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Hyperion Records

CDH55277 - Bruckner: Mass in E minor
Wiesbachhorn Mountains, Tyrol, Austria.
Power Pix
(Originally issued on CDA66177)

Recording details: April 1985
St Alban's Church, Holborn, London, United Kingdom
Produced by Mark Brown
Engineered by Antony Howell
Release date: June 2007
Total duration: 53 minutes 7 seconds

'One of the most beautiful recordings of a choral masterpiece I have ever heard' (The Sunday Times)

'Wonderfully atmospheric. I warmly recommend this. Best of the Month' (Hi Fi News)

Mass in E minor
Kyrie  [7'56] GreekEnglish
Gloria  [6'44] LatinEnglish
Credo  [10'50] LatinEnglish
Introduction  EnglishFrançaisDeutsch
Bruckner’s three mature Masses, in D minor, E minor, and F minor, were written between 1864 and 1868, after his seven-year period of grinding study with Simon Sechter, during which he composed very little. When he eventually plunged into composition again (he was now in his forties), Bruckner had consolidated his skills, and the D minor and F minor Masses show a maturity based on the Austrian Classical tradition. The E minor stands apart; it uses a wind band instead of the Classical orchestra, and it is clearly influenced by a study of early counterpoint, especially Palestrina’s. Of the three Masses it is the ‘purest’. It also looks to both past and future in a way the others do not.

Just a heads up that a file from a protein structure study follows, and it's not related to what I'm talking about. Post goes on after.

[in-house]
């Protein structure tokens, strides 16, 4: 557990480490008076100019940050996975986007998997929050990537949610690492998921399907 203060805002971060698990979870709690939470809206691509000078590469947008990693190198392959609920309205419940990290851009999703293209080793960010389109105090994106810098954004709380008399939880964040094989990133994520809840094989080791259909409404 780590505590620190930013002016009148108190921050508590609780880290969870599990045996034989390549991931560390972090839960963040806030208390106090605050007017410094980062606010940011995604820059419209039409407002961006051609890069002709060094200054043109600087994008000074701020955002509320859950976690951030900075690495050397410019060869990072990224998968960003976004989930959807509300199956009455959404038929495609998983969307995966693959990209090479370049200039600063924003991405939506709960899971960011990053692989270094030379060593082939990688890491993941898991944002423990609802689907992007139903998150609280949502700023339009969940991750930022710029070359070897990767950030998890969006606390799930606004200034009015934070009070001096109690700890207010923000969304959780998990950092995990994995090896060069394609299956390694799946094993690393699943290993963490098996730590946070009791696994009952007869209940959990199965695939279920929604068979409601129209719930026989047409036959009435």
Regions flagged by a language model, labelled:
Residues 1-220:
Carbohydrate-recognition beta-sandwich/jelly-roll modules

At this time of his career, Bruckner’s sense of movement in his large-scale music reflected the Classical era; the Masses in D minor and F minor (as well as a less characteristic earlier one in B flat) are modelled on the symphonic Masses of Haydn and Mozart, with Beethoven and Schubert looking on. Bruckner had not yet explored the vast, slow timescale of his later symphonies. He had begun to discover Wagner, who had found a way to create musical processes slow enough to accommodate stage drama, and Bruckner was to become the first and greatest composer to apply such a timescale to purely instrumental music. (This is the only respect in which Bruckner is a ‘Wagnerian’ composer.) But in their sense of movement, the works of the 1860s—two symphonies (Nos ‘0’ and 1) and the three great Masses—do no more than hint at a new road, though they all have potent individuality.

The E minor Mass of 1866 was revised in 1882, the version recorded here. Bruckner’s lifelong addiction to revision, under pressure from his well-meaning but mistaken Wagnerian friends, is one of the sadder stories of music, but the Masses did not suffer seriously from it; although there are inauthentic scores, Bruckner’s own revisions are plainly advantageous. The E minor Mass received improvements that cannot be compared with the disastrous meddling inflicted by the distracted composer on its contemporary the First Symphony in 1890–91. In his symphonies Bruckner had entered a world few people (and sometimes not even his own great mind housed in a naive personality) fully understood, while the Masses could be related to familiar norms.

The revisions of detail in the E minor Mass do not alter its nature, its fine balance between forward and backward views. The concern with slow, floating counterpoint, while it refers to Palestrina, yet anticipates the deliberation of Bruckner’s own later processes, and the work conveys a sublimity inaccessible to its companions in D minor and F minor, admirable though they are. This can be felt at once in the opening Kyrie, largely unaccompanied except for the intermittent use of horns and trombones. Long suspensions and clear harmony create a sense of space. In the central section, ‘Christe eleison’, there is more movement, and a climax; then the Kyrie returns, this time to make its own climax before fading into vaulted heights.